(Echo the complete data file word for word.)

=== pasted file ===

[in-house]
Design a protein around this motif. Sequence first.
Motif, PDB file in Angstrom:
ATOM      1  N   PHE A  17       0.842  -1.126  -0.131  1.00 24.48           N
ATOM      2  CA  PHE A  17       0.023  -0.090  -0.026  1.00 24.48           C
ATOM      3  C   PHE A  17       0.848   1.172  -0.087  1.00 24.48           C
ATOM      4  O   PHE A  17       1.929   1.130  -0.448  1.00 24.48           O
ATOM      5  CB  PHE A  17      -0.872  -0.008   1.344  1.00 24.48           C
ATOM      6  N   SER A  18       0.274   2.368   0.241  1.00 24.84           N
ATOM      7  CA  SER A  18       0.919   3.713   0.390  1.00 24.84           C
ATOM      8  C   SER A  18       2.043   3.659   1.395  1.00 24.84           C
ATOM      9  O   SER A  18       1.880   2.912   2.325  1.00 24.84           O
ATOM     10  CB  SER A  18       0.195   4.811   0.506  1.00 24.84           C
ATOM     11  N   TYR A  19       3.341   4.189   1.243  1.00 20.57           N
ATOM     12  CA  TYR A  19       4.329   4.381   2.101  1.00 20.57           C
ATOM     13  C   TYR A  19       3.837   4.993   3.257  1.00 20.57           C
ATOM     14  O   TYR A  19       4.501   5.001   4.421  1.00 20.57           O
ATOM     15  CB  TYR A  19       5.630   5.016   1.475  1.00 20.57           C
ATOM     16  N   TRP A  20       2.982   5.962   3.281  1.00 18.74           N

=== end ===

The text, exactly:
[in-house]
Design a protein around this motif. Sequence first.
Motif, PDB file in Angstrom:
ATOM      1  N   PHE A  17       0.842  -1.126  -0.131  1.00 24.48           N
ATOM      2  CA  PHE A  17       0.023  -0.090  -0.026  1.00 24.48           C
ATOM      3  C   PHE A  17       0.848   1.172  -0.087  1.00 24.48           C
ATOM      4  O   PHE A  17       1.929   1.130  -0.448  1.00 24.48           O
ATOM      5  CB  PHE A  17      -0.872  -0.008   1.344  1.00 24.48           C
ATOM      6  N   SER A  18       0.274   2.368   0.241  1.00 24.84           N
ATOM      7  CA  SER A  18       0.919   3.713   0.390  1.00 24.84           C
ATOM      8  C   SER A  18       2.043   3.659   1.395  1.00 24.84           C
ATOM      9  O   SER A  18       1.880   2.912   2.325  1.00 24.84           O
ATOM     10  CB  SER A  18       0.195   4.811   0.506  1.00 24.84           C
ATOM     11  N   TYR A  19       3.341   4.189   1.243  1.00 20.57           N
ATOM     12  CA  TYR A  19       4.329   4.381   2.101  1.00 20.57           C
ATOM     13  C   TYR A  19       3.837   4.993   3.257  1.00 20.57           C
ATOM     14  O   TYR A  19       4.501   5.001   4.421  1.00 20.57           O
ATOM     15  CB  TYR A  19       5.630   5.016   1.475  1.00 20.57           C
ATOM     16  N   TRP A  20       2.982   5.962   3.281  1.00 18.74           N